Child bearing, like politics and religion, is not considered a safe or polite topic of casual conversation in the States. You do not break the ice at a cocktail party by asking when a couple plans to have children. Even if the response is a well-practiced quip, the woman who has undergone three unsuccessful IVFs will think you’re a dolt.
Reasons for not having children can range from the medical to the monetary, but they are all personal. And of course there are couples that simply do not want to have children, and this choice is not one they will want to defend over the cashew dish. Even if a couple already has a child, you don’t ask when they will have more.
This does not appear to be the rule in the Netherlands. Here, people ask. At work, in the pub, of strangers, of friends. In the past, I’ve been asked not only why I don’t have children, but whether I can or if I just don’t want to, and I’ve been told whether I should. Perhaps it was my ambivalence about the subject that kept me from being offended.
I never counted on having children. I could see living very happily without them—the freedom to travel, to focus on career, to live spontaneously. And I did these things while married. My former husband and I lived in three different countries and three states in the years we were together. We both got to go back to graduate school. He started his novel and I advanced in my career. We partied. We traveled. And we talked about children, in a “someday” sense.
I also never assumed having a baby was a choice I could just make—I’ve watched too many friends go through the frustration and heartbreak of infertility. I began to think of getting pregnant as something that takes more deliberate intervention to achieve than it does great measures to prevent.
Of course nobody was asking when my Irish fella and I would have children, because we weren’t dating that long, but it was more than that. When the man in question is in his 50s with no history of long-term, serious relationships and no children, people assume it’s something he doesn’t want, or that he is by now too set in his ways to entertain. And at 37, I’m definitely considered of advanced age in the Netherlands, especially for my first child.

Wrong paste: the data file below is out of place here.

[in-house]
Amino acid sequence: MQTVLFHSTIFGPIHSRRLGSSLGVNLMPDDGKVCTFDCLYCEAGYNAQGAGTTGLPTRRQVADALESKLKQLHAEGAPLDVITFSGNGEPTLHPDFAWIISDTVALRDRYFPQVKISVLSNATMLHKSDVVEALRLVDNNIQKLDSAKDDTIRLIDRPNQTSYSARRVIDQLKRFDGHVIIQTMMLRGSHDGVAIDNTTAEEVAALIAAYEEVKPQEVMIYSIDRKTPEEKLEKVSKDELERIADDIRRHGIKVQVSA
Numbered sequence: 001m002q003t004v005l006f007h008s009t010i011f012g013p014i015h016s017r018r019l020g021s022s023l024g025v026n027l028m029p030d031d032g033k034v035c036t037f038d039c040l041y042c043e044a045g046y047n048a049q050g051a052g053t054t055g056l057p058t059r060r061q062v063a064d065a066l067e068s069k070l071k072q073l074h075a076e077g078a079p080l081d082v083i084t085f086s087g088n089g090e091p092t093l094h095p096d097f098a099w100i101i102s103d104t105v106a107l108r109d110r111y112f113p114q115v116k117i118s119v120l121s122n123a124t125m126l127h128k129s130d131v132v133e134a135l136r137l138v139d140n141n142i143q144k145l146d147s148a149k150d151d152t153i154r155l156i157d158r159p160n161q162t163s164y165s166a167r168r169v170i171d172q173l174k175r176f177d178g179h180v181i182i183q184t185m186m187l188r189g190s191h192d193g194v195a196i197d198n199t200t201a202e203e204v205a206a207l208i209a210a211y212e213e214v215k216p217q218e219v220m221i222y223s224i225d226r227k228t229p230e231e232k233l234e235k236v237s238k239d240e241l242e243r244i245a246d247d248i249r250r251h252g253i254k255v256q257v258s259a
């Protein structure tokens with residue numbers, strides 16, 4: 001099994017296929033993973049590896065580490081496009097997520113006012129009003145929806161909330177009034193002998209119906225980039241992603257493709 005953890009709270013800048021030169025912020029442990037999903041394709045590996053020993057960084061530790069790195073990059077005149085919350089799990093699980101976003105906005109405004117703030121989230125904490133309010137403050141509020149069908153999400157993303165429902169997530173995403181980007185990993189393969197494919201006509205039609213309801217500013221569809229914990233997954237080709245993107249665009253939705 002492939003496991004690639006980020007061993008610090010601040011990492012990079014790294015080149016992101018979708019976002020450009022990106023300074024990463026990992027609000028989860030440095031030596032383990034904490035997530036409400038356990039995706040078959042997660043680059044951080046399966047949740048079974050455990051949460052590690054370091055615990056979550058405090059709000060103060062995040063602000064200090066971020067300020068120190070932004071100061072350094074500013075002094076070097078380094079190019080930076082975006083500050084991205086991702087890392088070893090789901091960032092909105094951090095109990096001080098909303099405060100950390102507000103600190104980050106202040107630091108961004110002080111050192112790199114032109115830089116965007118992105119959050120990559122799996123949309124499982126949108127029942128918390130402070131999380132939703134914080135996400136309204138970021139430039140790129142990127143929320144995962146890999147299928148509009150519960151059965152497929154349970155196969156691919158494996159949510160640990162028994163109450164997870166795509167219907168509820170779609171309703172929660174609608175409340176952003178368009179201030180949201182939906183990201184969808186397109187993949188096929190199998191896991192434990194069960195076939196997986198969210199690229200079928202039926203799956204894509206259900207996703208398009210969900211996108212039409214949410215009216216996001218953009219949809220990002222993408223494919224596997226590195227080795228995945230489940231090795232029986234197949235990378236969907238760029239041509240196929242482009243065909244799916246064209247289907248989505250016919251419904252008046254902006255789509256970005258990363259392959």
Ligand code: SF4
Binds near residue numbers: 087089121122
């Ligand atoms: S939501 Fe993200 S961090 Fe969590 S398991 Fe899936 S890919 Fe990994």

But since learning that I am pregnant, people here have not been shy about asking whether the baby was planned. Nobody State-side has asked, but I suspect it’s just out of politeness, or that people have drawn their own conclusions. Mostly I think people assume that not preventing enough is the same as trying, which certainly seems logical.
But I think there may be a gray area between preventing and trying. We were sometimes very diligent about protection and other times less so. But I wouldn’t say I was hoping to be pregnant. The timing was all wrong for some very obvious reasons, like I was still married, and I hadn't yet told all of my extended family that I was separated, never mind dating. When I took the first pregnancy test, it was to eliminate pregnancy as a possibility and to put my mind at ease.
When it was positive, I took another, then another. If I had been trying, then wouldn’t I have taken a positive result as a success? And yet I wasn’t aghast either. With each positive result, I sat and waited for the panic attack that never came.
It was manageable news, but without being sure it was good news, I wasn’t sure how to share it. I Googled: “how to tell your boyfriend you are pregnant.” From the resulting advice, you could easily distinguish those who were definitely not trying—“know what you will say if he starts verbally attacking you!”—from those safely in the “trying” camp—“buy him a ‘World’s Best Dad’ shirt and let him guess!” Nothing fit my situation.
I refined my search: “how to tell your boyfriend you are pregnant when you haven't been dating very long, but you are pretty sure he will be happy once he gets used to the idea.” No hits.
I went to his house the next morning. I brought croissants. I had planned a small speech. But when he asked how I was, I just said, “I’m pregnant.” After a few seconds of silence that felt like millennia, he said, “Well, we have to buy a house, and we have to learn Dutch.” And he put the kettle on.
If you measure “trying” by how we reacted to the news, then maybe we were. Or maybe we just didn’t think it would actually happen, and got lazy. It doesn’t really matter at this stage—we’ve skipped over “trying” and are getting ready for “doing.”